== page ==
, as you like, you find when you're in them they wet your whiskers, or take out your curls, and when you're out of them, they don't; and therefore you may with probability assume--not with certainty, observe, but with probability--that there's more water in the air where it damps your curls than where it doesn't. If it gets much denser than that, it will begin to rain; and then you may assert, certainly with safety, that there is a shower in one place, and not in another; and not allow the scientific people to tell you that the rain is everywhere, but palpable in Tooley Street, and impalpable in Grosvenor Square.
That, I say, is broadly and comfortably so on the whole,--and yet with this kind of qualification and farther condition in the matter. If you watch the steam coming strongly out of an engine-funnel,--at the top of the funnel it is transparent,--you can't see it, though it is more densely and intensely there than anywhere else. Six inches out of the funnel it becomes snow-white,--you see it,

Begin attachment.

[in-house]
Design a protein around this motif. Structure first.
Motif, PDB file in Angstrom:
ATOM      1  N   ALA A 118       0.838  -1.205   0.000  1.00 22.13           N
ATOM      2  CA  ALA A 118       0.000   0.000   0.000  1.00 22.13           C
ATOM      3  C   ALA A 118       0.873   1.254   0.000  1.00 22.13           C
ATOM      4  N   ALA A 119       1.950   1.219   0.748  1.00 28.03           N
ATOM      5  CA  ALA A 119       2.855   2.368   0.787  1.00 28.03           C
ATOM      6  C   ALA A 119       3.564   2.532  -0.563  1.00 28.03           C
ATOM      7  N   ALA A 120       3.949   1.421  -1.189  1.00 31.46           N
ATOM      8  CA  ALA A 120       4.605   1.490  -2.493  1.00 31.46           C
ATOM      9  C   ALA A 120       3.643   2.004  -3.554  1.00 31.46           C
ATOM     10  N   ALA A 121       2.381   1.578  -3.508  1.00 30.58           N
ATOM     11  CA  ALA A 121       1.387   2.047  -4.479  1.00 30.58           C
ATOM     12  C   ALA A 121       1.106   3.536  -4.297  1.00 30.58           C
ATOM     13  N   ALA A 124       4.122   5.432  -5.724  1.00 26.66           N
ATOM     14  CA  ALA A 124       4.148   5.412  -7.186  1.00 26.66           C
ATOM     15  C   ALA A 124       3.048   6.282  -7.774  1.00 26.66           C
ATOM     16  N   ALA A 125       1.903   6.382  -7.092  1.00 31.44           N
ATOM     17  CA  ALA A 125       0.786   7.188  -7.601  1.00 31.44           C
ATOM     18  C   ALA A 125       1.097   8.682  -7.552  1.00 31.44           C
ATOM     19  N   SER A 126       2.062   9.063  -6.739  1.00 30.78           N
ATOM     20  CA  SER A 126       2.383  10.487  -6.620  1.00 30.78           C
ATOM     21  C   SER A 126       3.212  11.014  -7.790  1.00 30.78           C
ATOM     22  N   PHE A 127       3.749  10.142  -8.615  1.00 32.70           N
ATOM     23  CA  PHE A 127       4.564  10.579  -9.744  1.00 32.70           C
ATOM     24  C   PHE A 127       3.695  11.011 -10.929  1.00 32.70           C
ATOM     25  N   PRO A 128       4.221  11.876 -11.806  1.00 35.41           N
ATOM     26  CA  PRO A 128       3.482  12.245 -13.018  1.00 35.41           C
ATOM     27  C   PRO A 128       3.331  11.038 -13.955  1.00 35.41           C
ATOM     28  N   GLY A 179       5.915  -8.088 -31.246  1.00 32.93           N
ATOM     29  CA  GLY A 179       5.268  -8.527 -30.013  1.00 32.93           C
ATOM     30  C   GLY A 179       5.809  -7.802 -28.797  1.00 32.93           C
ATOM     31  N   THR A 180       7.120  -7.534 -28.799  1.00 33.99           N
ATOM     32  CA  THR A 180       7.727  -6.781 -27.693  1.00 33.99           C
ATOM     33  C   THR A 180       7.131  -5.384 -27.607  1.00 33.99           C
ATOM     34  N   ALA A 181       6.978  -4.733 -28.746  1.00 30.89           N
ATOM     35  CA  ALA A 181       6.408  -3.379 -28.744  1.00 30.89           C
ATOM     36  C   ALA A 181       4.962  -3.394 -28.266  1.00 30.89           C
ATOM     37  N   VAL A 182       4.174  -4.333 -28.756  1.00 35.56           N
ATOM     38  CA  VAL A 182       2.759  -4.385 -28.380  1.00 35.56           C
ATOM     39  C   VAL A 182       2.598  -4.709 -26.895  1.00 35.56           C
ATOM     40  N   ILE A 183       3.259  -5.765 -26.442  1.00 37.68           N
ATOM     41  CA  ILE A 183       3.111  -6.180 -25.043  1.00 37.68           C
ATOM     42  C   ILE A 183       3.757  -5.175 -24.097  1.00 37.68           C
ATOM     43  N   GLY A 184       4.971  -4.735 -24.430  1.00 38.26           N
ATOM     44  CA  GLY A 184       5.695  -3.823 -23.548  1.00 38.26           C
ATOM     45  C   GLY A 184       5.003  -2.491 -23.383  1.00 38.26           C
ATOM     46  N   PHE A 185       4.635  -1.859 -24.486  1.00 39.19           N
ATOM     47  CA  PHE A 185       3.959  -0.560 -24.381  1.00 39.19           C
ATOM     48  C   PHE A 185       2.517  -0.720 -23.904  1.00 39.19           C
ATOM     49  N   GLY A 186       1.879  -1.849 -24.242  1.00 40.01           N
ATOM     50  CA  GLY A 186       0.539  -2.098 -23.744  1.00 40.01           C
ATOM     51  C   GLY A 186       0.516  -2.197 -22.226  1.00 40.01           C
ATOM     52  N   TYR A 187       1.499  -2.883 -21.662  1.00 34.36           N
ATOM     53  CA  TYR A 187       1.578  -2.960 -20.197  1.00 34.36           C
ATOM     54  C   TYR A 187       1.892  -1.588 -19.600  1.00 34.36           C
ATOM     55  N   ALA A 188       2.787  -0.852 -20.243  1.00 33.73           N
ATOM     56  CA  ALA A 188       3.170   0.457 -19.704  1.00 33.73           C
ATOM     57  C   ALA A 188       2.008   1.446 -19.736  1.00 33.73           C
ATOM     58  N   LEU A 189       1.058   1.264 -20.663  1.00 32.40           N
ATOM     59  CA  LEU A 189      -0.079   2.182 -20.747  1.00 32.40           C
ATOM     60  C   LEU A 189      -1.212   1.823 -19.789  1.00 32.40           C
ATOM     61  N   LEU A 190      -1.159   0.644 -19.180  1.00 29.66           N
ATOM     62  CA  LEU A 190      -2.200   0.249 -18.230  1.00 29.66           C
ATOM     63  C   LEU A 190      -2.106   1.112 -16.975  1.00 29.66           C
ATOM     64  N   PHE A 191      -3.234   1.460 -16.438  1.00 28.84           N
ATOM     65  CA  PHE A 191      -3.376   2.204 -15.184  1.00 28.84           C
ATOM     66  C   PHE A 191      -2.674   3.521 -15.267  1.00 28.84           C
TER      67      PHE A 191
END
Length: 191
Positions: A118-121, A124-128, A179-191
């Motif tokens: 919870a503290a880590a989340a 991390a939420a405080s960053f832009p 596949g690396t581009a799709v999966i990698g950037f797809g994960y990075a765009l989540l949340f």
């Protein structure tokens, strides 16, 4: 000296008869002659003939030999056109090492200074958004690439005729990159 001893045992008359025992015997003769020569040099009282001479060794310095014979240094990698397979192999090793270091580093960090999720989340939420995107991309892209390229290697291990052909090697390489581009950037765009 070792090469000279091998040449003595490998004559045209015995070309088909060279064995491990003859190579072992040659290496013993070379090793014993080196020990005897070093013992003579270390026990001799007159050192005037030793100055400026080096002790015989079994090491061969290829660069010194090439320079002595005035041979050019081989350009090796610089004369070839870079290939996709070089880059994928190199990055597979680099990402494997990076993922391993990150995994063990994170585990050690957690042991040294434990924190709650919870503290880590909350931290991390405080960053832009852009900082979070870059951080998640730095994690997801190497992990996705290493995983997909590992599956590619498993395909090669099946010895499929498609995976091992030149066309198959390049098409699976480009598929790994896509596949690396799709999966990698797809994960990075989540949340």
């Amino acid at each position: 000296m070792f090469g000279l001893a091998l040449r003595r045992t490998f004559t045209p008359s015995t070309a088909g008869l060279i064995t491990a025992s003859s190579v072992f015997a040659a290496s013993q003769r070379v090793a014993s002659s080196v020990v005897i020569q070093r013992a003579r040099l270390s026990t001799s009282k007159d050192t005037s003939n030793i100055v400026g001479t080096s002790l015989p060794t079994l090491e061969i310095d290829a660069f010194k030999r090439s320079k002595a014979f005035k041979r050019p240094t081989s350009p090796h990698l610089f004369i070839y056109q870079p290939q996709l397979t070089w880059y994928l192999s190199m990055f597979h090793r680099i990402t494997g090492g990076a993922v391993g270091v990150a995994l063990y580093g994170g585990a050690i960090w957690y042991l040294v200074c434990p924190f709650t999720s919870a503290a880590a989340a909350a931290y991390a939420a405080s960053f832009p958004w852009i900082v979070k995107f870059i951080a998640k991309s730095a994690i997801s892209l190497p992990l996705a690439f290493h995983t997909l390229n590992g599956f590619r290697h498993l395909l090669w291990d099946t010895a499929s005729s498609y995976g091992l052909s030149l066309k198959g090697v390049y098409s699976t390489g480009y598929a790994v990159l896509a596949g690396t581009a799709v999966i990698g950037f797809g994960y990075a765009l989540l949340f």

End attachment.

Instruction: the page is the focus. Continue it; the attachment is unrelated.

The title might sound allegorical, but the bulk of this lecture is really about clouds. His thesis is that the weather in early-1880s London is unusually gray, terrible and foreboding, and that this terrible weather has given rise to some equally terrible social conditions. If you're a student of weather and enjoy books like The Little Ice Age, this will be completely fascinating. It's also nifty to see the mind of an art critic applied to natural phenomena. This book is odd, to be sure, but worth checking out.